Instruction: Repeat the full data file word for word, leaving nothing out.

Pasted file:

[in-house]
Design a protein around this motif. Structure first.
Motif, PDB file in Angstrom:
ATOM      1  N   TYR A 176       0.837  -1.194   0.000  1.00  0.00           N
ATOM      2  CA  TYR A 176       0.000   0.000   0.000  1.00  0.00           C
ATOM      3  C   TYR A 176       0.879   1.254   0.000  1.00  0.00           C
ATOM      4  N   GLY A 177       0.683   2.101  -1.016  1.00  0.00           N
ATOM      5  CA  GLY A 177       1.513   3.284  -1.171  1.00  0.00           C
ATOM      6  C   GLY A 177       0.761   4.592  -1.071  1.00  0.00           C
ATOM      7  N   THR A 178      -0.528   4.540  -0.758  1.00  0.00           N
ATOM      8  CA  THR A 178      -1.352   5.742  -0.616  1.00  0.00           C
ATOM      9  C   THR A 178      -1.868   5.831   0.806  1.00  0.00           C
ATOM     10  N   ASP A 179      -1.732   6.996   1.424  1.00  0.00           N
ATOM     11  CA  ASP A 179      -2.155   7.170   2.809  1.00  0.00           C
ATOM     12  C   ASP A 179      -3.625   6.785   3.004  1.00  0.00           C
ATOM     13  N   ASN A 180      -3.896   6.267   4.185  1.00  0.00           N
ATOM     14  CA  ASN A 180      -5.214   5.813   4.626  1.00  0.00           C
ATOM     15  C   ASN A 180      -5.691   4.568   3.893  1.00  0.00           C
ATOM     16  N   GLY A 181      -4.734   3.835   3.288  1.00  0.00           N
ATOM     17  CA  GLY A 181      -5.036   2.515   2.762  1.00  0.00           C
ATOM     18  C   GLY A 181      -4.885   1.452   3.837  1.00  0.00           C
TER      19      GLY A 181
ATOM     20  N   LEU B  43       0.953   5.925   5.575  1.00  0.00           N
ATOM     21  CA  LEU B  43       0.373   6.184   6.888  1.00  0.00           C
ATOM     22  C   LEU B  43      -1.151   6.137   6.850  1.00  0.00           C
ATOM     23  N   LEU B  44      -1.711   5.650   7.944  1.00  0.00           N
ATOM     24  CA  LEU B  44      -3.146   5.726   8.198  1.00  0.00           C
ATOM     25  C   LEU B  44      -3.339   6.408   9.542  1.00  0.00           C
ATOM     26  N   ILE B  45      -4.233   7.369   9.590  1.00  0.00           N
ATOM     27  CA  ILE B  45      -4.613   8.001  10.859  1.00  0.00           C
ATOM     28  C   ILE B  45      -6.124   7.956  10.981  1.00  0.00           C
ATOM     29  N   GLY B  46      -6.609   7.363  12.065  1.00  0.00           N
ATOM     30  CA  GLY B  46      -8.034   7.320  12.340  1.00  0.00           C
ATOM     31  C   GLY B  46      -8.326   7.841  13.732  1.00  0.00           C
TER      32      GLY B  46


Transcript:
[in-house]
Design a protein around this motif. Structure first.
Motif, PDB file in Angstrom:
ATOM      1  N   TYR A 176       0.837  -1.194   0.000  1.00  0.00           N
ATOM      2  CA  TYR A 176       0.000   0.000   0.000  1.00  0.00           C
ATOM      3  C   TYR A 176       0.879   1.254   0.000  1.00  0.00           C
ATOM      4  N   GLY A 177       0.683   2.101  -1.016  1.00  0.00           N
ATOM      5  CA  GLY A 177       1.513   3.284  -1.171  1.00  0.00           C
ATOM      6  C   GLY A 177       0.761   4.592  -1.071  1.00  0.00           C
ATOM      7  N   THR A 178      -0.528   4.540  -0.758  1.00  0.00           N
ATOM      8  CA  THR A 178      -1.352   5.742  -0.616  1.00  0.00           C
ATOM      9  C   THR A 178      -1.868   5.831   0.806  1.00  0.00           C
ATOM     10  N   ASP A 179      -1.732   6.996   1.424  1.00  0.00           N
ATOM     11  CA  ASP A 179      -2.155   7.170   2.809  1.00  0.00           C
ATOM     12  C   ASP A 179      -3.625   6.785   3.004  1.00  0.00           C
ATOM     13  N   ASN A 180      -3.896   6.267   4.185  1.00  0.00           N
ATOM     14  CA  ASN A 180      -5.214   5.813   4.626  1.00  0.00           C
ATOM     15  C   ASN A 180      -5.691   4.568   3.893  1.00  0.00           C
ATOM     16  N   GLY A 181      -4.734   3.835   3.288  1.00  0.00           N
ATOM     17  CA  GLY A 181      -5.036   2.515   2.762  1.00  0.00           C
ATOM     18  C   GLY A 181      -4.885   1.452   3.837  1.00  0.00           C
TER      19      GLY A 181
ATOM     20  N   LEU B  43       0.953   5.925   5.575  1.00  0.00           N
ATOM     21  CA  LEU B  43       0.373   6.184   6.888  1.00  0.00           C
ATOM     22  C   LEU B  43      -1.151   6.137   6.850  1.00  0.00           C
ATOM     23  N   LEU B  44      -1.711   5.650   7.944  1.00  0.00           N
ATOM     24  CA  LEU B  44      -3.146   5.726   8.198  1.00  0.00           C
ATOM     25  C   LEU B  44      -3.339   6.408   9.542  1.00  0.00           C
ATOM     26  N   ILE B  45      -4.233   7.369   9.590  1.00  0.00           N
ATOM     27  CA  ILE B  45      -4.613   8.001  10.859  1.00  0.00           C
ATOM     28  C   ILE B  45      -6.124   7.956  10.981  1.00  0.00           C
ATOM     29  N   GLY B  46      -6.609   7.363  12.065  1.00  0.00           N
ATOM     30  CA  GLY B  46      -8.034   7.320  12.340  1.00  0.00           C
ATOM     31  C   GLY B  46      -8.326   7.841  13.732  1.00  0.00           C
TER      32      GLY B  46